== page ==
Prescription drug monitoring programs remain largely underused: Study

Prescription drug monitoring programs remain largely underused: Study

Misuse of prescription pain relievers is a major health concern in the United States. Looking at the increasing number of people growing prescription painkiller dependence, the American government has implemented necessary guidelines to contain the opioid epidemic. Though the intent to curb the growing opioid scourge remains consistent, the fact that a majority of these preventive measures remains underutilized is a growing concern among those at the federal level.

A recent study, titled “Programs to thwart prescription drug misuse exist, not always used,” found that many states in America had prescription drug monitoring programs (PDMPs) in place which can help pinpoint at potential cases of misuse of prescription opioids. This, in turn, can help the patients concerned get the much needed addiction treatment. While state-based PDMPs were found to be in place in accordance with the recommendations of the U.S. Food & Drug Administration (FDA), it was also observed that many of them remained underused.

The findings were obtained after scientists observed that though Maine has in place a PDMP since it was first launched in 2004, of a total of 275 pharmacists, only 56 percent had used it. These findings are pursuant to observations made by the scientists in 2014 while carrying out the study.

Stressing on the findings, published in the Journal of Studies on Alcohol and Drugs in July 2016, the scientists said that it was also important for pharmacists to use the PDMP system like other doctors and health care practitioners. Elucidating the same, one of the co-authors of the study Stephanie Nichols from the Husson University School of Pharmacy, in Bangor, Maine said, “Often, the pharmacist is the last line of defense for patient safety.”

Rise in buprenorphine prescription shows positive trend

The researchers found that prescription painkillers were recommended to 22 percent of the Maine population in 2014. It was also observed that the number of analgesics to every person was enough to sustain them with a constant supply that would last for 16 days. Though the extent of prescription is lower than what was observed in 2010, the scientists described it as a very large number.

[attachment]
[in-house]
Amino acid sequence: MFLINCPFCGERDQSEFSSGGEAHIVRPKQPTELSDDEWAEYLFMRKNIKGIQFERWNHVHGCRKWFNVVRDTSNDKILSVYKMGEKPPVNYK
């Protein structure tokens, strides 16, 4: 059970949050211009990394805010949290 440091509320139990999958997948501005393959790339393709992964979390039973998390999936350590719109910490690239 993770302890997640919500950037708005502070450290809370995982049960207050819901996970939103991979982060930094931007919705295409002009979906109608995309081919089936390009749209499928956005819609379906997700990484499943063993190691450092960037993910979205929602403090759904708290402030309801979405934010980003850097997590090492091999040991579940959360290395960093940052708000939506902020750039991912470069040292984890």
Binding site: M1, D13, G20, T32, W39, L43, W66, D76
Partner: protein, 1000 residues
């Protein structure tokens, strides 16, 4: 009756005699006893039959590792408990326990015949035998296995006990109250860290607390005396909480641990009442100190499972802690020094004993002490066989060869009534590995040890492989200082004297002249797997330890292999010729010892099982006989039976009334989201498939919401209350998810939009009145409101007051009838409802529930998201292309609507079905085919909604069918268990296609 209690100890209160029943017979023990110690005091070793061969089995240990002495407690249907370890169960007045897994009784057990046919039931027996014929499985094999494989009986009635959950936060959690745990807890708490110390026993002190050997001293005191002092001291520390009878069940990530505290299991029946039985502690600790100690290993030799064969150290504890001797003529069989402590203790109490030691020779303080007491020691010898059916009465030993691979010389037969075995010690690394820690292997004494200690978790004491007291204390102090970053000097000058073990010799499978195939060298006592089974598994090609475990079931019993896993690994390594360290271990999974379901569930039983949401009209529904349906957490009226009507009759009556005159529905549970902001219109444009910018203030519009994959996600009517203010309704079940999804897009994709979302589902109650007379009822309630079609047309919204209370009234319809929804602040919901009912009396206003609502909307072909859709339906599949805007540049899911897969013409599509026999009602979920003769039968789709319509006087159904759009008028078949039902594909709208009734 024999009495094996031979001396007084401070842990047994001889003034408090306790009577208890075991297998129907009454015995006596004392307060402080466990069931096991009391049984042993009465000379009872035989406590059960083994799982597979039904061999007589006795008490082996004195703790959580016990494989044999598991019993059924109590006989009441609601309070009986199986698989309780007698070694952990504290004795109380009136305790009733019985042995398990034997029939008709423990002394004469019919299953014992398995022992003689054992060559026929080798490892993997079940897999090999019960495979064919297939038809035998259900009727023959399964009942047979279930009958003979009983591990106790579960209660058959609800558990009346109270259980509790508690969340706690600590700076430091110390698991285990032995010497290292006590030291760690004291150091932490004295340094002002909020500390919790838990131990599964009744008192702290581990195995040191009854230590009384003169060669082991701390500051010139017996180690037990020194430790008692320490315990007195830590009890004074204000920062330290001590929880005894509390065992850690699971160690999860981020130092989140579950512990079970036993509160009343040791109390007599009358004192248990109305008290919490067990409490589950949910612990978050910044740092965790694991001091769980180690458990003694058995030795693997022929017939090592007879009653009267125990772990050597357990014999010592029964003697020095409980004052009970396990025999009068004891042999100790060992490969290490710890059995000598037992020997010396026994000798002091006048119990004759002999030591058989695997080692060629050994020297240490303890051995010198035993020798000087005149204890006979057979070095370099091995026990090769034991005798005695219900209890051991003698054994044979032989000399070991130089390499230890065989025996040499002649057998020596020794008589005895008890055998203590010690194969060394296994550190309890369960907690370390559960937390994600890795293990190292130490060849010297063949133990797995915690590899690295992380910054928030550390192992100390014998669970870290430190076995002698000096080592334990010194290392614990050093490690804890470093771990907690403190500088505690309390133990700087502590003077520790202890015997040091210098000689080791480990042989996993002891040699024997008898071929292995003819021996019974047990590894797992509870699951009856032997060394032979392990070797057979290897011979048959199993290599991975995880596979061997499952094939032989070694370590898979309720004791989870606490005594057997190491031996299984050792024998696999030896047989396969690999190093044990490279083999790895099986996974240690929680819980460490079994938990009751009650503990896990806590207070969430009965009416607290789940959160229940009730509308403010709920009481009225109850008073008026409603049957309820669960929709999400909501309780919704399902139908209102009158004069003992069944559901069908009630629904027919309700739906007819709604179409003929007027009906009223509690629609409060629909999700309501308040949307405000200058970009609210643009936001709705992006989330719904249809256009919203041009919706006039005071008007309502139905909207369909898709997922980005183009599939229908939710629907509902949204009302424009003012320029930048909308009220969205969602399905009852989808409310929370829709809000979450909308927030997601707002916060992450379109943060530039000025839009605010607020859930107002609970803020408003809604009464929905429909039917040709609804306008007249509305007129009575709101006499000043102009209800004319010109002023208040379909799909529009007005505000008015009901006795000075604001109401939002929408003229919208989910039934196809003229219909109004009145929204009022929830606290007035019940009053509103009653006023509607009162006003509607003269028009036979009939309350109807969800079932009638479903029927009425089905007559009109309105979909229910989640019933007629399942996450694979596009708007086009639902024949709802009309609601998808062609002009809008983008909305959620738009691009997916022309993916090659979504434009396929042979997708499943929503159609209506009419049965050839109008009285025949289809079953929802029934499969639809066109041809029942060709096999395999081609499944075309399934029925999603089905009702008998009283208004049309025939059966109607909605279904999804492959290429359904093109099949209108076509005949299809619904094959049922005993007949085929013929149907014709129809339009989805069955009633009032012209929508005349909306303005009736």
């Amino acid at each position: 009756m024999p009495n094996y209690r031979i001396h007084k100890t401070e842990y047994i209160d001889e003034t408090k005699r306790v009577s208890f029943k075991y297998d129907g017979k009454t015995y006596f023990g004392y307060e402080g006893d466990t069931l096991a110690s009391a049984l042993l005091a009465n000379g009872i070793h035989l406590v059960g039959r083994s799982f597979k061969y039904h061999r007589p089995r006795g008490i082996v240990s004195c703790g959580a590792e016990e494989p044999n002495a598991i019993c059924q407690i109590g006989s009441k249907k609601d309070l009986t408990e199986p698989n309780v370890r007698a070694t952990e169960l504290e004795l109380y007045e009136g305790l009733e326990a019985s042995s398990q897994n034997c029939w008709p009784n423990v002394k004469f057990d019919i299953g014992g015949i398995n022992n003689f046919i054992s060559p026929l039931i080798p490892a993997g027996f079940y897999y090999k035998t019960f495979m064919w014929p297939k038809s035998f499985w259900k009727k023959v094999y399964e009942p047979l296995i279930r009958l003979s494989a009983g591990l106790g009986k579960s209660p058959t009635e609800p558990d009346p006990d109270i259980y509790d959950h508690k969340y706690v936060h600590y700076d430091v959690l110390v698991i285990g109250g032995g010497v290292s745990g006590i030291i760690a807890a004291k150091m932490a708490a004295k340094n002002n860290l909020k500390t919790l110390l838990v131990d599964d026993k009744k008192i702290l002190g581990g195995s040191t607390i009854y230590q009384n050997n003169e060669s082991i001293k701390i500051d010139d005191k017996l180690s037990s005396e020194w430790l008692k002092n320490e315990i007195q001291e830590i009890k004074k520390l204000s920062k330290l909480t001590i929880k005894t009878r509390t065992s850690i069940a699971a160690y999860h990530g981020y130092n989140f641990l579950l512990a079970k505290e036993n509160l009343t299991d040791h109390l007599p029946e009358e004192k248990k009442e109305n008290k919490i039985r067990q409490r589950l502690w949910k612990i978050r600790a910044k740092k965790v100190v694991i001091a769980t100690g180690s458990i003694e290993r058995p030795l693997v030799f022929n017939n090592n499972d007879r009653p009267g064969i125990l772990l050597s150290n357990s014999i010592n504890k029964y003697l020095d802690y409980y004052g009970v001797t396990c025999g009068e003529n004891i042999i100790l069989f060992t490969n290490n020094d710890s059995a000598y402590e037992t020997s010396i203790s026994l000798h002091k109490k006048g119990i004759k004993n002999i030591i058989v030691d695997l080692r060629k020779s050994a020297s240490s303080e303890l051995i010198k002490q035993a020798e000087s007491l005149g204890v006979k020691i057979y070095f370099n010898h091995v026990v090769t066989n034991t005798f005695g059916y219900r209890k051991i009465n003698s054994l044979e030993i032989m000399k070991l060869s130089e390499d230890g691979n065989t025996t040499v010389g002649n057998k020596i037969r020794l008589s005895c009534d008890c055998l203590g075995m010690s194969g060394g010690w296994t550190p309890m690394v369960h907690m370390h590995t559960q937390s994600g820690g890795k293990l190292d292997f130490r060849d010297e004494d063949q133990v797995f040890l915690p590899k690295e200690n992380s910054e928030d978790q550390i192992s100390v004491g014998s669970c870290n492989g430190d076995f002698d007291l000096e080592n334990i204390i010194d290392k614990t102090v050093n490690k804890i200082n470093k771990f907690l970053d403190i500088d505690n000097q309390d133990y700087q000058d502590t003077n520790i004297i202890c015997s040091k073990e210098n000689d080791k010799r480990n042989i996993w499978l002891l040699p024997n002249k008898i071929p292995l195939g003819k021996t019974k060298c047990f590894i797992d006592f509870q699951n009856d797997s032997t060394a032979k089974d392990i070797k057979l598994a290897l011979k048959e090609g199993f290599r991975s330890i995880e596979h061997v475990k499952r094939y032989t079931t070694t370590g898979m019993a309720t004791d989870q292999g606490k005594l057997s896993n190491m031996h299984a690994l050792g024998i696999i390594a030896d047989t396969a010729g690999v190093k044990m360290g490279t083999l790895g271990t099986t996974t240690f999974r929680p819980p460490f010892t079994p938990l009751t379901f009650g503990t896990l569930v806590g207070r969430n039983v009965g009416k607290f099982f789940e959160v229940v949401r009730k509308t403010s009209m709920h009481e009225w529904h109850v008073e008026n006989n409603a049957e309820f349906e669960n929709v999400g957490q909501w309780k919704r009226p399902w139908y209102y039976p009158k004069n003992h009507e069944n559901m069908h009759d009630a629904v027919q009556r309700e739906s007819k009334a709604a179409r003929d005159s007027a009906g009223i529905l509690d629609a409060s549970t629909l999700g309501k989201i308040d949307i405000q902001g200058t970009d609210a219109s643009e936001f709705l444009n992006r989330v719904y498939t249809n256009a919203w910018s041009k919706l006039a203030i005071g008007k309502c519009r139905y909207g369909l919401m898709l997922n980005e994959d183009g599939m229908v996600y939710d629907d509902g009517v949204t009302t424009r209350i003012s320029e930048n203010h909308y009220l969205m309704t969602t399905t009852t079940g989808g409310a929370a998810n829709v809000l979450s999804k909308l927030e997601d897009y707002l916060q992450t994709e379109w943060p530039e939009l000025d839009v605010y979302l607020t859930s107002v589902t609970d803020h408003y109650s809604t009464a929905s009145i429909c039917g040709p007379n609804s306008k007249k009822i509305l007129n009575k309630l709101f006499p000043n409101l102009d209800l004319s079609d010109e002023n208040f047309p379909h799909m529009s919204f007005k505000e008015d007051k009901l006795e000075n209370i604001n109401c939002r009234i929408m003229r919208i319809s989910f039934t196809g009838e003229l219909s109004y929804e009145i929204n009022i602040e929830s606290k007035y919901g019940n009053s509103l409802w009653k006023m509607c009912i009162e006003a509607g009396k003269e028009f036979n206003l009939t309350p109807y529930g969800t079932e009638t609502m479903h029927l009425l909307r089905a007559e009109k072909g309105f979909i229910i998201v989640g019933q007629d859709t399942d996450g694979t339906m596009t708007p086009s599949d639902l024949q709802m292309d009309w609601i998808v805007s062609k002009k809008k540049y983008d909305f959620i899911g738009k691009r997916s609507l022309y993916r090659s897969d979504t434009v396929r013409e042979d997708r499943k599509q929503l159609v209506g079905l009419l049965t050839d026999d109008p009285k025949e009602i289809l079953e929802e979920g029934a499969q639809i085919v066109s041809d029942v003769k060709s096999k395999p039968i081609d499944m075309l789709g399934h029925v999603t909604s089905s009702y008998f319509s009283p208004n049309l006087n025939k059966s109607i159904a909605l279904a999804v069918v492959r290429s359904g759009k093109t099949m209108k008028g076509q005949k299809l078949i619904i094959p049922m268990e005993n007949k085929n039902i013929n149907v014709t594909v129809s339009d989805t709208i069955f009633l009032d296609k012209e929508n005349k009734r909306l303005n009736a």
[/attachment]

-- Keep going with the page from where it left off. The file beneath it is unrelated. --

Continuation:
The scientists also emphasized that though prescriptions for oxycodone and hydrocodone were reduced in 2014, there was a sharp rise in the prescription of buprenorphine. Though buprenorphine is an opioid, it is mostly used to treat opioid addiction, which must be considered a positive trend in the number of people seeking treatment for their opioid dependence.

Recovery road map

Drug addiction is rampant in certain in American society and some people continue to be addicted to some substance or the other. But among all drugs that are highly abused and that lead to addiction, misuse of prescription drugs remains a major challenge. The drug once touted as a miracle for treatment of all kinds of pain is increasingly being misused by many Americans. Apart from this, doctors advising high quantities of pain relievers to treat pain is a major cause of concern with federal agencies implementing guidelines to limit opioid prescription in various states.

According to a study, published in the Medical Care in October 2016, prescription opioid overdose, abuse, and dependence “carries high costs for American society, with an estimated total economic burden of $78.5 billion.”

If you or your loved one is hooked on opioids and is looking for help, get in touch with the Prescription Drug Abuse Helpline of California for information on various prescription drug rehabs in California. One should not delay for the treatment or the situation might worsen. Call at our 24/7 helpline number 855-738-2770 or chat online for expert advice on available prescription drug addiction treatment in California.